BATON ROUGE, La. (WAFB) - When L’Auberge Casino & Hotel opened just down river from the Belle of Baton Rouge and Hollywood opened back in 2012, economists warned the area would not be able to support three large casinos.
Seven years later, all three casinos remain open, but business is nowhere close to what it used to be.
“They’ve been losing jobs and they’ve been losing revenue, really since about the fourth quarter of 2014,” said Loren Scott, one of the economists that predicted L’Auberge would force one of the two downtown casinos to close. “Our market is strictly local and I just don’t see that it’s big enough to support all three."
According to the latest numbers from the Louisiana Gaming Control Board, the outlook is bleak. Admissions and revenue at both the Belle and Hollywood have taken a nose dive.
At the Belle, just before L’Auberge opened in 2012, admission was 82,242. In August, that number was 31,414. It’s the same story with revenue. In August of 2012, the casino pulled in $6.05 million. In August, that figure dropped to $2.35 million, a 61% drop.
The situation is similar at Hollywood. In August of 2012, its admission was 89,773. In August, it was 53,317, a 41% drop. Revenue dropped from $9.3 million in August of 2012 to $4.5 million in August, a 51% drop.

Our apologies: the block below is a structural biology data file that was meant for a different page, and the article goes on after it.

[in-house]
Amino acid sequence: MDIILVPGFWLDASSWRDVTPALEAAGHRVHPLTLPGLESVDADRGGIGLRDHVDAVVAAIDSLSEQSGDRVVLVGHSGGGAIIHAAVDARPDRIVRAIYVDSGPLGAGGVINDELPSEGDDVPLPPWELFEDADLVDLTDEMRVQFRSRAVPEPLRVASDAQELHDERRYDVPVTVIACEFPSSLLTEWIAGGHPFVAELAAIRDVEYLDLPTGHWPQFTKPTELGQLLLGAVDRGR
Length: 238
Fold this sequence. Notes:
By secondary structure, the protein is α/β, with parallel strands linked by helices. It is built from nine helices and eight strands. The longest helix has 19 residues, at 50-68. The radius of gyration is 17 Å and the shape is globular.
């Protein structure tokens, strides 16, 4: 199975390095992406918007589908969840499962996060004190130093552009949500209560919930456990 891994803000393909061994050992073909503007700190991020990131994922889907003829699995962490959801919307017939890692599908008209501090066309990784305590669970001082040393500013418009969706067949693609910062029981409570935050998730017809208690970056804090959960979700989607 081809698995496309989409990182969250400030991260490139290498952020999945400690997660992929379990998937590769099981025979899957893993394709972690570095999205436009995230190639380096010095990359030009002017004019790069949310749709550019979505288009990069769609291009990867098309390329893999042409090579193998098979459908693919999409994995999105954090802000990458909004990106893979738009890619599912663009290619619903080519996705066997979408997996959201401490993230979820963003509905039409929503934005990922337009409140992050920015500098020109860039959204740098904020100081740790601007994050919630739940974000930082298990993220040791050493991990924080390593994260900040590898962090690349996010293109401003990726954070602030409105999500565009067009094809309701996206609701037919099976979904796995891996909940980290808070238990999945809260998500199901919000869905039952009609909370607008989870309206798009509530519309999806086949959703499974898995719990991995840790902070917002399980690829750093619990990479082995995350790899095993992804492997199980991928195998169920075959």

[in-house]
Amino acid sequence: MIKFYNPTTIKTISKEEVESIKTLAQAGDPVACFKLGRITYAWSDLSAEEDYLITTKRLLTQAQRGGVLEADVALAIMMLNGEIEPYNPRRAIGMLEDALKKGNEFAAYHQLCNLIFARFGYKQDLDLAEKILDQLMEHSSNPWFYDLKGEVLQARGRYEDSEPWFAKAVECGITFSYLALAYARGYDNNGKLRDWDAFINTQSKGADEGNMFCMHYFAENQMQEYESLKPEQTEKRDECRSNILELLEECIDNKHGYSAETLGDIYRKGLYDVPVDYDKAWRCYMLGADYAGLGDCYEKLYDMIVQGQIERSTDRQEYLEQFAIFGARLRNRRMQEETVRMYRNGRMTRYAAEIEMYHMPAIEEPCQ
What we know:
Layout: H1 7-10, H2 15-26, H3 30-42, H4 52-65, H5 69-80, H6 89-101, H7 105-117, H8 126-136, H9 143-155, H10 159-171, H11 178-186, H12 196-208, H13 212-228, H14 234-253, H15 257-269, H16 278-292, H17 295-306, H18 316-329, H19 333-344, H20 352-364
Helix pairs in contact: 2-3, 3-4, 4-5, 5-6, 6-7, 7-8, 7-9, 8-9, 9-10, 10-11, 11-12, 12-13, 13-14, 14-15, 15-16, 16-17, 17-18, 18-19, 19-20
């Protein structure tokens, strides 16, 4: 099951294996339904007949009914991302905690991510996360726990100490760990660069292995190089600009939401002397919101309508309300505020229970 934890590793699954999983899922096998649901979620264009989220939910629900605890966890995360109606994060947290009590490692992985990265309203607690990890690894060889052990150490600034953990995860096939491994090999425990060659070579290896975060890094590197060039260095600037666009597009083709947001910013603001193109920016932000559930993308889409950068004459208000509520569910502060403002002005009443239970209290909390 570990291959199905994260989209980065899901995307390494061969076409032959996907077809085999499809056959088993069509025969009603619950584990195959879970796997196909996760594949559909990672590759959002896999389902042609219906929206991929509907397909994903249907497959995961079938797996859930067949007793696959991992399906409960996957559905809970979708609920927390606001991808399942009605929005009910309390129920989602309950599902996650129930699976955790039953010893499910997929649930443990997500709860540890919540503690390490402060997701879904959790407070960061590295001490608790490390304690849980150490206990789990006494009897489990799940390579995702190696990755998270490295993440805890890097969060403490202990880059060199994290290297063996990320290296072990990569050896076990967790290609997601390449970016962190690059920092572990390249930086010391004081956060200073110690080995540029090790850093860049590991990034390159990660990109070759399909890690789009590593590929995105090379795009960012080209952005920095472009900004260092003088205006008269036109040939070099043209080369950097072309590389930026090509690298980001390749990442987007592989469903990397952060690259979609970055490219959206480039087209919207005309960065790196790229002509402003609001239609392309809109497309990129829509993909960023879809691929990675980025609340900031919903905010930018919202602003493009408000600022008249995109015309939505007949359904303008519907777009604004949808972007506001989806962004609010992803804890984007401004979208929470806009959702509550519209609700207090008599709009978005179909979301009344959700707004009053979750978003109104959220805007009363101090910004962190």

Overall, L’Auberge pulled in more in revenue ($13.2 million) than both the Belle and Hollywood combined ($6.89 million). Similarly, admissions at L’Auberge for August of 2019 were greater than the other two casinos. L’Auberge saw 112,107 people come through the doors in August compared to 84,731 at the other two casinos.
"They have been losing revenues because of the competition, from the new and larger L’Auberge and then all three of them have been hit in the last year or so with the smoking ban,” Scott said.
He says despite the bad news, it doesn’t appear any casino will shut its doors in the immediate future.
“Usually right before this happens, they apply to the casino control board for the right to move somewhere else, for the right to move their license somewhere else,” he said. “So far, that has not happened, and I think that’s good news, at least in the short run.”
One thing that could help revive the Belle is a decision to bring the casino on land, which is now legal, but it would mean it would have to renovate its hotel and convention space.
WAFB reached out to the Belle; no one was willing to talk, rather, they are focused on its 25th anniversary of opening its doors.